Illustrative embodiments of pre-password checks 25A and 25B are shown as a flow diagram in FIG. 3. Generally, pre-password checks 25A and 25B are used to determine whether undisguised access to password 17 is permitted. Pre-password 95 is shorter than password 17. Accordingly, pre-password 95 should be easier for a user to accurately input, or if inaccurately inputted, more easily corrected, then entry of password 17. If a user already knows what password 17 is suppose to look like, then there is less of a need with respect to security use of a pre-password. In other words, if a user has already inputted password 17, they presumably are authorized to see what they inputted. Moreover, a pre-password 95 may be utilized as a security precaution by enabling an additional verification of a user with respect to an inputted password 17 left for some period of time, such as a fire drill, trip to the bathroom, or other interruption.
At step 41, pre-password check 25A or 25B is invoked. For purposes of clarity of description, it will be assumed that pre-password check 25A is invoked; however, it will be understood by those in the art of the present invention that this disclosure encompasses invoking pre-password check 25B. At optional step 42, it is determined whether pre-password check 25A is active. This is a feature may be used to eliminate the need to input a pre-password for situations involving lower security thresholds. Accordingly, this feature may be set by a security administrator. If pre-password check 25A is not active, then a pass condition is returned at step 43. At step 57, pre-password routine returns to program 30, namely in this embodiment to step 26 of subroutine 97.
If pre-password check 25A is active or on at step 42, then at step 44, it is determined whether a “silent” pre-password mode is active. By “silent,” it is meant that no graphical user interface, such as pre-password field 96, pops-up on display 16 to indicate that a pre-password 95 is to be inputted by a user. Rather, computer 10 automatically interprets immediately subsequent user keyed information as an inputted pre-password 95. If step 44 is answered affirmatively, then, at step 50, a user inputted character is obtained. At step 51, it is determined whether this character is a “completion character.” Computer 10 interprets a command key input, such as activation of an ENTER key, as a “completion character” for inputting pre-password 95. If the character obtained at 50 is not a completion character, then this character is added to a character buffer of computer 10 at step 52 and another character is obtained at 50.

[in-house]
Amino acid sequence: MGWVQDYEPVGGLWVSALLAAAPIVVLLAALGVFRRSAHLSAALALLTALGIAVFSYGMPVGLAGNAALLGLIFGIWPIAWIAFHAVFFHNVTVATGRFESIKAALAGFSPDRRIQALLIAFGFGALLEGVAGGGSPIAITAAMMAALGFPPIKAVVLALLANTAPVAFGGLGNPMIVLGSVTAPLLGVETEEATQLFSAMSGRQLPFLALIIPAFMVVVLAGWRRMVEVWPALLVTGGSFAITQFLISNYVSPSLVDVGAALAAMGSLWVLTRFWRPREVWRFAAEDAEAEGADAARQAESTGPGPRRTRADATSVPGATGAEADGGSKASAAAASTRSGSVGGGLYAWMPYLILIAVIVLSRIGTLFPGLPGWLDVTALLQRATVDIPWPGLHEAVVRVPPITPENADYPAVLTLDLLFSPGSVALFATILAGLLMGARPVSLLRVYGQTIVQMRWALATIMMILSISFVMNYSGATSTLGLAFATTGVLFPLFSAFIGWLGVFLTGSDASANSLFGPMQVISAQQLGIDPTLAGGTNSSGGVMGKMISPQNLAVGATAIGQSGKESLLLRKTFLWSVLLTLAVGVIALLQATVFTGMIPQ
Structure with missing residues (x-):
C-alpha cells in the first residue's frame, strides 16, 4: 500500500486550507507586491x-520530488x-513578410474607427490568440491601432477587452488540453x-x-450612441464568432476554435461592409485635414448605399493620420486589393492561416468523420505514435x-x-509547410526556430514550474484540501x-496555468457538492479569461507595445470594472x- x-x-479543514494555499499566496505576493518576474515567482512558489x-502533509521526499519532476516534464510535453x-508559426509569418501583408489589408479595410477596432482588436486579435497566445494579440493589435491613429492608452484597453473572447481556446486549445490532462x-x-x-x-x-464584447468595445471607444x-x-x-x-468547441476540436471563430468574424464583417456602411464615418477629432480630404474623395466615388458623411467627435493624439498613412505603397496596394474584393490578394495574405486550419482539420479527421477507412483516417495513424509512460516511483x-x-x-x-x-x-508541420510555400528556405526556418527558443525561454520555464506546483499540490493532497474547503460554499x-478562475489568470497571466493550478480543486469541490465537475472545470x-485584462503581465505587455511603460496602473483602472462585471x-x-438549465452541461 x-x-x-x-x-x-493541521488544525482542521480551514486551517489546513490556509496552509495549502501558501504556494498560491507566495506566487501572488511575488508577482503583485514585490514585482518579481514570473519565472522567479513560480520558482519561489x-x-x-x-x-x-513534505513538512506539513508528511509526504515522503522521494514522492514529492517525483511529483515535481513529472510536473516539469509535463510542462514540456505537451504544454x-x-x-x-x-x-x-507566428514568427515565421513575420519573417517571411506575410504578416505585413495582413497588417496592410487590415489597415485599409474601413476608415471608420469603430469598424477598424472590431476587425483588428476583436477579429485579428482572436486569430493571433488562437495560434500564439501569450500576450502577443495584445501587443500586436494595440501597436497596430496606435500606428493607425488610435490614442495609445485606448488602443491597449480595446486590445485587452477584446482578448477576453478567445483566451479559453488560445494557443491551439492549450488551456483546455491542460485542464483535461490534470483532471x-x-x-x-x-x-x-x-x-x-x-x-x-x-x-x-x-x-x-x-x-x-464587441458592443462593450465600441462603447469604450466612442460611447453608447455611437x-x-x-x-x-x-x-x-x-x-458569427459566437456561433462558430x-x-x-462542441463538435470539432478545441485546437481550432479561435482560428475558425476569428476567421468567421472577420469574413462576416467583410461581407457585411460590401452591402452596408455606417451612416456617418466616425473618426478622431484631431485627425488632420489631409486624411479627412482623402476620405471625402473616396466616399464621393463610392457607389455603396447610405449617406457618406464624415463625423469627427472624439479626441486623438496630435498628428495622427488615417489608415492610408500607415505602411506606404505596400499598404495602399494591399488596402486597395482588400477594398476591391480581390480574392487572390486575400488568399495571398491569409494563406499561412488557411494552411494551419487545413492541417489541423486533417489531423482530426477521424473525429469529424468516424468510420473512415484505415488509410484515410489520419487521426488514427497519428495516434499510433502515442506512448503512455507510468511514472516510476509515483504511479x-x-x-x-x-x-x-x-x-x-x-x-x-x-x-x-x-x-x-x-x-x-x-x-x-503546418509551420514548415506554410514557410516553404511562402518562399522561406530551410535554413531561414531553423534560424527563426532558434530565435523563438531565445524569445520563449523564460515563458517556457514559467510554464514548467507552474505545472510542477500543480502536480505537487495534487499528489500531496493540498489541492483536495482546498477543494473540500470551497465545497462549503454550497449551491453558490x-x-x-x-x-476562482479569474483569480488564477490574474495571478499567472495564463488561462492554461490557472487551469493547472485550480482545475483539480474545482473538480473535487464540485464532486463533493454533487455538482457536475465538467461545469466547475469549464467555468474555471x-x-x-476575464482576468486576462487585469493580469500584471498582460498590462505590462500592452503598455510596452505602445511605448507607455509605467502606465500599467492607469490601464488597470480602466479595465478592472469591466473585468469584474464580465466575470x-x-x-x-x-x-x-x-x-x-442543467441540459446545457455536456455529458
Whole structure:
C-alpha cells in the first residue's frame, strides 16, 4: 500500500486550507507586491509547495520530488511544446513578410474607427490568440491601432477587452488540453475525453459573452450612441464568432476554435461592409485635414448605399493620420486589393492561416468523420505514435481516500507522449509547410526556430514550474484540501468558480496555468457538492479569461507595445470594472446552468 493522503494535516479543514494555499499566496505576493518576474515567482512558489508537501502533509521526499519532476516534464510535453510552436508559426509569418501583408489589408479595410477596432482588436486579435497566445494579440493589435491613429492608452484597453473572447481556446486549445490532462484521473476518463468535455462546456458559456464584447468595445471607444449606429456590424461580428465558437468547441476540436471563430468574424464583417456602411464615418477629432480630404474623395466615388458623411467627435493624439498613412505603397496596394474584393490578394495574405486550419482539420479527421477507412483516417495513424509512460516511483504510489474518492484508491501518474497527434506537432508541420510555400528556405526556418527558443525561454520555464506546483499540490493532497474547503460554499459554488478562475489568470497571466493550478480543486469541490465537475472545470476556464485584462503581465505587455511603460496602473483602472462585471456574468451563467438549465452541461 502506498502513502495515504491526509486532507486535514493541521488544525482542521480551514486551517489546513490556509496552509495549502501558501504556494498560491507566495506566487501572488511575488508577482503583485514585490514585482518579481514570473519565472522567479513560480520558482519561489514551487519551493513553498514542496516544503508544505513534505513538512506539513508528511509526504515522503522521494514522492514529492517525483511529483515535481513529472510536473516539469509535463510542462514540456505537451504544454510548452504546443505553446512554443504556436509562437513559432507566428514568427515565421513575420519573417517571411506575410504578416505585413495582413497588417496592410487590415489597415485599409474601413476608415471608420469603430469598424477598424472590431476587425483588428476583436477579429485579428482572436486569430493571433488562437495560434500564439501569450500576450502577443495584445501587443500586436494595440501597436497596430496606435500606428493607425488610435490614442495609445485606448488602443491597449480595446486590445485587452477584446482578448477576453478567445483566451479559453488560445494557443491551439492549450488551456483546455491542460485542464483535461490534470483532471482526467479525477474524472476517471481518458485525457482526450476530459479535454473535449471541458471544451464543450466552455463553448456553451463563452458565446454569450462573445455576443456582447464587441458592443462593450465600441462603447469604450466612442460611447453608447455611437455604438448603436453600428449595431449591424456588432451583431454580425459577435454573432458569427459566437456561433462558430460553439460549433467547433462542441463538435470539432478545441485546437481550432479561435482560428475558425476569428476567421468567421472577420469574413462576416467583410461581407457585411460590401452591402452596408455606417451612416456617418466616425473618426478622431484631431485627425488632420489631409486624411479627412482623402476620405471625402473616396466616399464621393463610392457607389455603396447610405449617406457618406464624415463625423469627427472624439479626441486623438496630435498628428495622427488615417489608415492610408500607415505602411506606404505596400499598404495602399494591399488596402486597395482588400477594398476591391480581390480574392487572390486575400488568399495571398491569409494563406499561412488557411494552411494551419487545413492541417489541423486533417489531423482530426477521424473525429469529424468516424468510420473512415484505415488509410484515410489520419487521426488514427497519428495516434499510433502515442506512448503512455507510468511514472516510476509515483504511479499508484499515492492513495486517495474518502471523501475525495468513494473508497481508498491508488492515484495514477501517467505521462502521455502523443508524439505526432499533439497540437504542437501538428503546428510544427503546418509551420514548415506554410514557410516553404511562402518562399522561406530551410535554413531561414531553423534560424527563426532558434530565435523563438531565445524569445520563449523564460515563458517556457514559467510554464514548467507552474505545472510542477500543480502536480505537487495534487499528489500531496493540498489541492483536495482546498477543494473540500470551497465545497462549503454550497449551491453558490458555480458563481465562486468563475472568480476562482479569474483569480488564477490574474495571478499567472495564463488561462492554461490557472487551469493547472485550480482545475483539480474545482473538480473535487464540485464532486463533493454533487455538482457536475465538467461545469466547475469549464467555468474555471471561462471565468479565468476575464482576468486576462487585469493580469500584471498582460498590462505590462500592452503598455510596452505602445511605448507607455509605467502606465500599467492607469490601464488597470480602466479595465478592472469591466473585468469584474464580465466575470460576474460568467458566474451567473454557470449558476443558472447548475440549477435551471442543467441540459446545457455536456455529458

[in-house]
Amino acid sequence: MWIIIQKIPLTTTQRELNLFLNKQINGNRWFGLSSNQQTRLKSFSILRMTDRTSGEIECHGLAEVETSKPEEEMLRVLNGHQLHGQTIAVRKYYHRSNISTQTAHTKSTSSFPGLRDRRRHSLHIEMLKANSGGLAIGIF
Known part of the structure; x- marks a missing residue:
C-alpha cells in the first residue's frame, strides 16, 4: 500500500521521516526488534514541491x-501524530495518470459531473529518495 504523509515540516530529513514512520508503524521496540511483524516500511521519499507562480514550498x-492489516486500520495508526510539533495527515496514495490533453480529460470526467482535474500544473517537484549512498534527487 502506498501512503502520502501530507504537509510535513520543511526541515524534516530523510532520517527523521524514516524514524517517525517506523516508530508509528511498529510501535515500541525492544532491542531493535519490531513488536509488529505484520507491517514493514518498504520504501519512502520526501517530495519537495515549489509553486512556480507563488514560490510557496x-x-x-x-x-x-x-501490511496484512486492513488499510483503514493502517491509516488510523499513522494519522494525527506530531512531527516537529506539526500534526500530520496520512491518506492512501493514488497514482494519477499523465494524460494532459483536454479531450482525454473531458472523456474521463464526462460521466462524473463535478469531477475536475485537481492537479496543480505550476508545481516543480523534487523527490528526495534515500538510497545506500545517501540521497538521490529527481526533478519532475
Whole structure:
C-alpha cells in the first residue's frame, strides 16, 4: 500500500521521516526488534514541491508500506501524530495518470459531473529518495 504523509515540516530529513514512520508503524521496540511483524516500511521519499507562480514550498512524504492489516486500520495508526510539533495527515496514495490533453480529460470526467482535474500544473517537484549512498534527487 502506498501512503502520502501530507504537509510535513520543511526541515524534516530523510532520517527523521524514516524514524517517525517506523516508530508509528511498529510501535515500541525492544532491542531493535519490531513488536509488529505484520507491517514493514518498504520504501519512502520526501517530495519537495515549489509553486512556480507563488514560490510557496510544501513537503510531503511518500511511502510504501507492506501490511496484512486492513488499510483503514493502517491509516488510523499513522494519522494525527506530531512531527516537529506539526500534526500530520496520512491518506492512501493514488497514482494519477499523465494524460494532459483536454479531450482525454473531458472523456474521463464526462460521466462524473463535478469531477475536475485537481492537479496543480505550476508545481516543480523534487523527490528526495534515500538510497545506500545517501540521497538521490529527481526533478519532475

Once a completion character is inputted as determined at step 51, then user pre-password 95 in the character buffer is compared to a stored version of pre-password 95 at step 54. If pre-password 95 inputted matches pre-password 95 stored, then a pass value is returned at step 56. If the imputed pre-password 95 does not match the stored pre-password 95, then a fail value is returned at step 55. After a pass or a fail value is returned, at step 57 pre-password check 25A proceeds to step 26 or step 38, respectively, of program 30. For pre-password check 25B, a pass value is returned to step 33 of program 30, and a fail value is returned to step 38 of program 30.
If at step 44, silent pre-password mode is not active, then pre-password check 25A proceeds to display pre-password field 96 at step 45. At step 46, a user inputted character is obtained. At step 47, 25A determines whether the character obtained at step 46 is a completion character. If such a character is not a completion character, the character is echoed or outputted in a disguised form for display on display 16 at step 48 and added to a character buffer at step 49. After echoing for display, another user inputted character is obtained at step 46. If, however, the character obtained at step 46 is a completion character, then user inputted pre-password 95 is checked against a stored version thereof at step 54, as previously described above.
Although various embodiments, which incorporate the teachings of the present invention, have been shown and described in detail herein, those skilled in the art can readily devise many other varied embodiments that still incorporate these teachings.
OS/2 and OS/400 are trademarks of International Business Machines Corporation. All other trademarks are the property of their respective owners.
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|U.S. Classification||715/741, 715/859, 715/780|
|Dec 13, 2000||AS||Assignment|
Owner name: INTERNATINAL BUSINESS MACHINES CORPORATION, NEW YO
Free format text: ASSIGNMENT OF ASSIGNORS INTEREST;ASSIGNORS:BOTZ, PATRICK S.;CRAGUN, BRIAN JOHN;REEL/FRAME:011396/0342
Effective date: 20001211
|Dec 17, 2007||REMI||Maintenance fee reminder mailed|
|Jun 8, 2008||LAPS||Lapse for failure to pay maintenance fees|
|Jul 29, 2008||FP||Expired due to failure to pay maintenance fee|
Effective date: 20080608